We want to show a View in the widget, so we drag View over into the right pane.

2a-WidgetList

Click the Edit icon in the blank View to customize it.

3-EditWidget

Click on Self Provider to allow us to specify the Production Cluster object on the left, then select our Custom CPU Ready View on the right and click Save.

4-AddWidget

The dashboard is now ready. The CPU Ready for the Production VMs will now show up in the dashboard.

5-FinalDashboard

 

 

 

 

VMware Hands-on Labs

It always surprises me how few customers are aware of the Hands-on Labs. The labs are full installations of VMware software running in VMware’s cloud, accessible from any browser and completely free for anyone to use.

Each self-paced lab is guided with a step-by-step lab manual. You can follow the manual from start to finish for a complete look at the specific software product. Alternatively, you can focus on specific learning areas due to the modular structure of the lab manual. You can even ignore the manual completely and use the lab as a playground for self-directed study.

You can give the labs a try here: http://labs.hol.vmware.com/

Moving VMs to a different vCenter

I had to move a number of clusters into a different Virtual Center and I didn’t want to have to deal with manually moving VMs into their correct folders. In my case I happened to have matching folder structures in both vCenters and I didn’t have to worry about creating an identical folder structure on the target vCenter. All I need to do was to record the current folder location and move the VM to the correct folder in the new vCenter.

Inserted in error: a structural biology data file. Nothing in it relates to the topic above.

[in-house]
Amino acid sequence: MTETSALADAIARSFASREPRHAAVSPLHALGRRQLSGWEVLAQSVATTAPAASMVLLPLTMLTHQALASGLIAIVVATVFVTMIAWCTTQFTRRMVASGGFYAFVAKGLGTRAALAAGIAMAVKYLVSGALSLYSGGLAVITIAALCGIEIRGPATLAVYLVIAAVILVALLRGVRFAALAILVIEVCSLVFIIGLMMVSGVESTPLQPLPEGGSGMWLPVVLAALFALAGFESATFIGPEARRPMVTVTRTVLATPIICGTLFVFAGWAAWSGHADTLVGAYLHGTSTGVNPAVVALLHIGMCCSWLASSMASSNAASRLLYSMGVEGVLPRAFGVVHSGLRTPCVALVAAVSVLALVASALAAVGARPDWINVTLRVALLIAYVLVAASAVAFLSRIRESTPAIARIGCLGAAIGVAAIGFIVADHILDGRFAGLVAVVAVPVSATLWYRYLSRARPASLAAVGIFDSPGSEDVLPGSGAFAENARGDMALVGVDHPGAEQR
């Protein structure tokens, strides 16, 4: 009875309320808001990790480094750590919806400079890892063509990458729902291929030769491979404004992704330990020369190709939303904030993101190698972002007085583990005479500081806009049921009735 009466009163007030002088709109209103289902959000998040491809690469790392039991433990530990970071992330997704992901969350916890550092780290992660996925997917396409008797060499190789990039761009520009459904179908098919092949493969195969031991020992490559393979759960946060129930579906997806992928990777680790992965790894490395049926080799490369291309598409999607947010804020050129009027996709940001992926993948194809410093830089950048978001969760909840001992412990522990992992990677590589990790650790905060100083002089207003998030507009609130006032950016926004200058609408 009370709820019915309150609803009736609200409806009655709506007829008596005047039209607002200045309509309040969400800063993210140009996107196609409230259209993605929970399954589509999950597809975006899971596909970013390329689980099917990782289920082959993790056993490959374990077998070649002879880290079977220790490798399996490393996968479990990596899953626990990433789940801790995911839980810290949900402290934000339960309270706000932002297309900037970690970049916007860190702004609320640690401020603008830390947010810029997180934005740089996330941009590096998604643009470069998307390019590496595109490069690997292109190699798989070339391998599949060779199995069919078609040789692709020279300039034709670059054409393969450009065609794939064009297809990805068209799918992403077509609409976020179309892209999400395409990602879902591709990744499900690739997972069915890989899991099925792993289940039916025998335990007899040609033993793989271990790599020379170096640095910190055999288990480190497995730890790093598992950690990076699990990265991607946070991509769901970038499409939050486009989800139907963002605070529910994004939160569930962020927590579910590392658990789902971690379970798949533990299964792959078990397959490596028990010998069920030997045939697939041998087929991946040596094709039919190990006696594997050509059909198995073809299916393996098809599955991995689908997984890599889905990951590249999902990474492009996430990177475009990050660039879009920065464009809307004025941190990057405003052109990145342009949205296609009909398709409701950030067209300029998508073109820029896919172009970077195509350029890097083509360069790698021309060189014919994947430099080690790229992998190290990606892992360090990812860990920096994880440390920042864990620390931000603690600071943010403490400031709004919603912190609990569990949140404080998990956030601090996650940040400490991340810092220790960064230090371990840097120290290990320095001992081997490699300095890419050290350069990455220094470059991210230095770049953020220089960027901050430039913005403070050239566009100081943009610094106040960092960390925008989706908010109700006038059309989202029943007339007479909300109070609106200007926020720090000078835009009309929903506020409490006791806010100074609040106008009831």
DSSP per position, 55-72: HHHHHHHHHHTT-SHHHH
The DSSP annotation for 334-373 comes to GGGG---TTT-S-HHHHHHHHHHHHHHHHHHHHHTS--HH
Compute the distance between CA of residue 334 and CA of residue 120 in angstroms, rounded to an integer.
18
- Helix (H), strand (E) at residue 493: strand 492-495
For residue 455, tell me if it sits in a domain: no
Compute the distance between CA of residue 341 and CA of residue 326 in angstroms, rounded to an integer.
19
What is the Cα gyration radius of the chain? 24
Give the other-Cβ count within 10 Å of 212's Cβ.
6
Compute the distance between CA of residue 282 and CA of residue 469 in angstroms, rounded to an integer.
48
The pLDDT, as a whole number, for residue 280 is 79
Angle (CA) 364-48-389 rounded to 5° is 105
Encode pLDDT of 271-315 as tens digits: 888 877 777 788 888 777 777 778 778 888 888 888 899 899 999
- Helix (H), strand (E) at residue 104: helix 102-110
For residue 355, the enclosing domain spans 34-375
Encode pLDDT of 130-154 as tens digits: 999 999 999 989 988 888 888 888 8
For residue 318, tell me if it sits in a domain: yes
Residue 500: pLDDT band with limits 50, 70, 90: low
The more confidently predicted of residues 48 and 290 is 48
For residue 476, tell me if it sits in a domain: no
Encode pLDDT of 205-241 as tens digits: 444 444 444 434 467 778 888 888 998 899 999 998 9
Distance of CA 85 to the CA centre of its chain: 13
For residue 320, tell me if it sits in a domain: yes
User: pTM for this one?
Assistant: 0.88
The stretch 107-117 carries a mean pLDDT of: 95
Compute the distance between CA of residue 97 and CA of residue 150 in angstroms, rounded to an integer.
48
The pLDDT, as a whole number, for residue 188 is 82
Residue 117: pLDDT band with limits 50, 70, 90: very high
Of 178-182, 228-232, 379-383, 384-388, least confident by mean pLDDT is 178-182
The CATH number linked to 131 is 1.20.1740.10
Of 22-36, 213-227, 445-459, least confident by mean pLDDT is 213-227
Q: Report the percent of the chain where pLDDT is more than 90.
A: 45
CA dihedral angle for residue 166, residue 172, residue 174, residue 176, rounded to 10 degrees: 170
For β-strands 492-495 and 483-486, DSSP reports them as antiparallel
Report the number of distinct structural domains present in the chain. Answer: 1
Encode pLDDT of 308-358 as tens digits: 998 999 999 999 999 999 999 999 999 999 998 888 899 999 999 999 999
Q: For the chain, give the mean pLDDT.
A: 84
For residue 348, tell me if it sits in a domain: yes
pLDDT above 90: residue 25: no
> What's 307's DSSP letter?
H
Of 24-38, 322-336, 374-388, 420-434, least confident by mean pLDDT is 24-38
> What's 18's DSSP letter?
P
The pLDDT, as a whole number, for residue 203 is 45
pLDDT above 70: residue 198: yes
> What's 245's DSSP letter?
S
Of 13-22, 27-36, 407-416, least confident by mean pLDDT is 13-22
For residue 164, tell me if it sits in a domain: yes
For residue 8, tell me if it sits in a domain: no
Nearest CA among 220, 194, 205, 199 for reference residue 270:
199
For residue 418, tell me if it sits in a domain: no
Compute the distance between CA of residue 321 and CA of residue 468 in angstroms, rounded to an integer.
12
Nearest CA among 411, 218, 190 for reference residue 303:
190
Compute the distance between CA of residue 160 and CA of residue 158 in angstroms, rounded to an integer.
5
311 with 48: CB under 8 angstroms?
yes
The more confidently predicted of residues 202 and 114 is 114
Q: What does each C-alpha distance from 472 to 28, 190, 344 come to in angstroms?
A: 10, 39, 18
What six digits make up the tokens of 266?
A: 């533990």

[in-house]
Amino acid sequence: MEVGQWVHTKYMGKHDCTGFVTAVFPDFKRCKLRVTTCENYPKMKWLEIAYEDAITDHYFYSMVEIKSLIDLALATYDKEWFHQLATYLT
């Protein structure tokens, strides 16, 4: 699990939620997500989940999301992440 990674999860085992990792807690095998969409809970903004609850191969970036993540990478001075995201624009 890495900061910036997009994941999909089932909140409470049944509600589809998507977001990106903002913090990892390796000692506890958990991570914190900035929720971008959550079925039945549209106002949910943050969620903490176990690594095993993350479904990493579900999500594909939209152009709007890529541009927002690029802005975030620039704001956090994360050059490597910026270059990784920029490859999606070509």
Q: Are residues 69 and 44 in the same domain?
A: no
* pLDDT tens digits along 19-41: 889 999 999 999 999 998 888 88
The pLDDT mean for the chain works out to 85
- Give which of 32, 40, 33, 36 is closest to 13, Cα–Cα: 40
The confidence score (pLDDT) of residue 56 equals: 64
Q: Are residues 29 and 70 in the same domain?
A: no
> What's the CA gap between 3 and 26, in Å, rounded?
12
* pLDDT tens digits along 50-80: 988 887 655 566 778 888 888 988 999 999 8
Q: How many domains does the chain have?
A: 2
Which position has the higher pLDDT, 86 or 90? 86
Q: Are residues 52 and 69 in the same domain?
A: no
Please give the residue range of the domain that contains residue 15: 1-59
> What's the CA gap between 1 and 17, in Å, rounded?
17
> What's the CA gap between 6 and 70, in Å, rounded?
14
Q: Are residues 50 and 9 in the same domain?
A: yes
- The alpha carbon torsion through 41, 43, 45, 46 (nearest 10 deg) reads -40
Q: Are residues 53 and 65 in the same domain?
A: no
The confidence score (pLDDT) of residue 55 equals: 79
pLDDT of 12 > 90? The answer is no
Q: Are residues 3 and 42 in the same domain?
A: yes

I first run this script against the source cluster in the source vCenter. It generates a CSV file with the VM name and the VM folder name

$VMCollection = @()
Connect-VIServer "Source-vCenter
$CLUSTERNAME = "MySourceCluster"
 
$vms = Get-Cluster $CLUSTERNAME | Get-VM
foreach ( $vm in $vms )
{
	$Details = New-Object PSObject
	$Details | Add-Member -Name Name -Value $vm.Name -membertype NoteProperty 
	$Details | Add-Member -Name Folder -Value $vm.Folder -membertype NoteProperty
	$VMCollection += $Details
}
 
$VMCollection
$VMCollection | Export-CSV "folders.csv"

Once the first script is run, I disconnect each host from the old vCenter and add it into a corresponding cluster in the new vCenter. I can now run this command aginst the new vCenter to ensure the VMs go back into their original folders.

Connect-VIServer "Dest-vCenter"
$vmlist = Import-CSV "folders.csv"
 
foreach ( $vm in $vmlist )
{
	$vm.Name
	$vm.Folder
	Move-VM -VM $vm.Name -Destination $vm.Folder
}

The parent virtual disk has been modified since the child was created

Some VMs in my environment had virtual-mode RDMs on them, along with multiple nested snapshots. Some of the RDMs were subsequently extended at the storage array level, but the storage team didn’t realize there was an active snapshot on the virtual-mode RDMs. This resulted in immediate shutdown of the VMs and a vSphere client error “The parent virtual disk has been modified since the child was created” when attempting to power them back on.

I had done a little bit of work dealing with broken snapshot chains before, but the change in RDM size was outside of my wheelhouse, so we logged a call with VMware support. I learned some very handy debugging techniques from them and thought I’d share that information here. I went back into our test environment and recreated the situation that caused the problem.

In this example screenshot, we have a VM with no snapshot in place and we run vmkfstools –q –v10  against the vmdk file
-q means query, -v10 is verbosity level 10